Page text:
Occupying the right wing of the Democratic Party, Clinton has aligned herself with a war culture that supports drone warfare and continues to support military policies that result in the needless deaths of millions of children in the Middle East, Yemen, Somalia, and other places that bear the brunt of America's foreign policy. It is difficult to imagine, given Clinton's coziness with the financial elite, big corporations, the military-industrial complex and the reigning war culture, that she will do anything that will lessen the violence to which children, both at home and around the globe, will face under her potential reign as President of the United States. Clinton has nothing to say about the need for a collective struggle for economic and political justice. Given her past history, Clinton's disingenuousness becomes even starker next to the images of war and violence that mark the bodies of youth both in the United States and abroad. Her commitments to war and security have been built on the misery, mutilation and deaths of young people and her recent alleged support for the welfare of children does little to cover up the many ways capitalism, militarism, state violence and racism are killing poor Black and Brown youth.
Rethinking the Horrors of War
The horrors of war became painfully visible when the image circulated of the lifeless body of Aylan (Alan) Kurdi, a three-year-old who washed up on a beach face-downin the coastal town of Bodrum, Turkey, on September 2, 2015, while traveling with other refugees toward the Greek island of Kos. A second haunting image appeared on August 17, 2016, showing five-year-old Omran Daqneesh, bloodied and covered with dust, sitting silently in an ambulance after an airstrike on Aleppo, a city in northern Syria.
Ordinarily, such images of children dead, injured and suffering motivate public outrage and also incite people to act. Omran's image was widely circulated by mainstream news organizations and in the social media. The image provoked so much international outrage that the governments of Syria, China and Russia claimed it was pure propaganda and was staged.
One of the most powerful images in history to provoke moral outrage and public anger was the image that circulated in 1955 of the grossly mutilated body of Emmett Till. That depiction of the effects of brutal racist violence helped to galvanize the civil rights movement.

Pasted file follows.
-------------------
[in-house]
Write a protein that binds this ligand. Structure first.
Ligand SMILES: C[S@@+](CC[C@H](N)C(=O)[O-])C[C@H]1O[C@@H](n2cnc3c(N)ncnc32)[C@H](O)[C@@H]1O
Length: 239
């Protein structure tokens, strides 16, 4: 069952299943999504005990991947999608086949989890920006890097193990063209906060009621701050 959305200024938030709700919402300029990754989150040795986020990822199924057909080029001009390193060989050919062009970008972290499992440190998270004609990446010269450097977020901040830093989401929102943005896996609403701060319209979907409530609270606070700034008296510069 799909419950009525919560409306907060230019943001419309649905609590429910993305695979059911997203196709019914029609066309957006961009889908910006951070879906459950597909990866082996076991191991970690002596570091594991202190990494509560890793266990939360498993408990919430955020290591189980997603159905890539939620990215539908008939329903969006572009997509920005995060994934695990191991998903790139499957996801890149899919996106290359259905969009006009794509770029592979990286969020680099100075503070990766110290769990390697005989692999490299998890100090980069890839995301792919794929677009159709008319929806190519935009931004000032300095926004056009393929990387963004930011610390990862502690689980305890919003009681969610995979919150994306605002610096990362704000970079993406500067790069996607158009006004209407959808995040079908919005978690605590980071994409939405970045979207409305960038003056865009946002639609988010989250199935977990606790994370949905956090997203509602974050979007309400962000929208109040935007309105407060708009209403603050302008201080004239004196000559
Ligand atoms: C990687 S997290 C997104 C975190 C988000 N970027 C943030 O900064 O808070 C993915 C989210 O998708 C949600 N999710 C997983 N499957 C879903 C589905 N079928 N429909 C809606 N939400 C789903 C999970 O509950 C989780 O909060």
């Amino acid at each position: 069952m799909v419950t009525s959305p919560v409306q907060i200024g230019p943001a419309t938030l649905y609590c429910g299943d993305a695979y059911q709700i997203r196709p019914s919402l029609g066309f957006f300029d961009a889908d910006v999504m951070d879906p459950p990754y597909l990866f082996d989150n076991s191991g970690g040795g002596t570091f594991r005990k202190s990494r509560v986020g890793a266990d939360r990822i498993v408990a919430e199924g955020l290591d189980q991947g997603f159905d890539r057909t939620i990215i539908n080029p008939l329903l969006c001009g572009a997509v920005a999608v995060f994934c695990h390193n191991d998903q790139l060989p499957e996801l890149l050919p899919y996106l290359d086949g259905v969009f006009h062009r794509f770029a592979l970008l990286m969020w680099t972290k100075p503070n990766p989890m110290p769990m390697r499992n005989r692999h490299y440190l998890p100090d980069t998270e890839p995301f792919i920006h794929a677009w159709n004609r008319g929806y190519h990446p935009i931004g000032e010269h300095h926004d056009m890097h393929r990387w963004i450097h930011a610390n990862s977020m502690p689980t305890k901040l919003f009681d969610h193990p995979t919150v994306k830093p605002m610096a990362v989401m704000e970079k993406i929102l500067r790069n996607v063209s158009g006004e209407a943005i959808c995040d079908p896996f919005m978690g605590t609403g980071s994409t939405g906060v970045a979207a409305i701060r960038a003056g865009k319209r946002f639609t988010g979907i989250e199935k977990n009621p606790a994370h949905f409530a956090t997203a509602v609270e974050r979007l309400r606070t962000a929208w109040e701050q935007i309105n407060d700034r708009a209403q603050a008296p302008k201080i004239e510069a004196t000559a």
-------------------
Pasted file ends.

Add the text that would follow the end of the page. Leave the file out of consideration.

Another image that changed the course of history was on display in 1972 when an anguished and terrified young girl was photographed running naked after a Napalm bomb burned and disfigured her body. The iconic picture played a significant role in mobilizing protests that helped stop the Vietnam War.
Reactions to such horrible images still exist, but the brutal and unthinkable acts of violence they portray now seem to produce short-lived outrage and blend into the all-encompassing spectacle of violence and the fog of war. What is crucial to acknowledge is that the war has come home and has trapped many young people in its spiral of accelerated violence, which has become a new form of domestic terrorism and the primary force promoting a machinery of literal and social death for many youths. Domestic terrorism is now exemplified every day in media stories focusing on the killing of unarmed young people by the police and in the gun violence that is turning poor urban cities into war zones. Violence has become a habitual response by the state to every social problem. This has become more and more evident as the application of militarized police power produces on a daily basis a growing number of images of dead bodies which increasingly find their way onto the screen cultures of the social media. In the US, according to Marian Wright Edelman's Children's Defense Fund column, "Seventy-eight children under 5 died by guns in 2015 -- 30 more than the 48 law enforcement officers killed by guns in the line of duty." In other words, Edelman writes, "guns killed more preschoolers in one year than they did law-enforcement officers." In Chicago alone, in the first eight months of 2016, 12 people were shot daily. According to a Carnegie-Knight News21 investigation: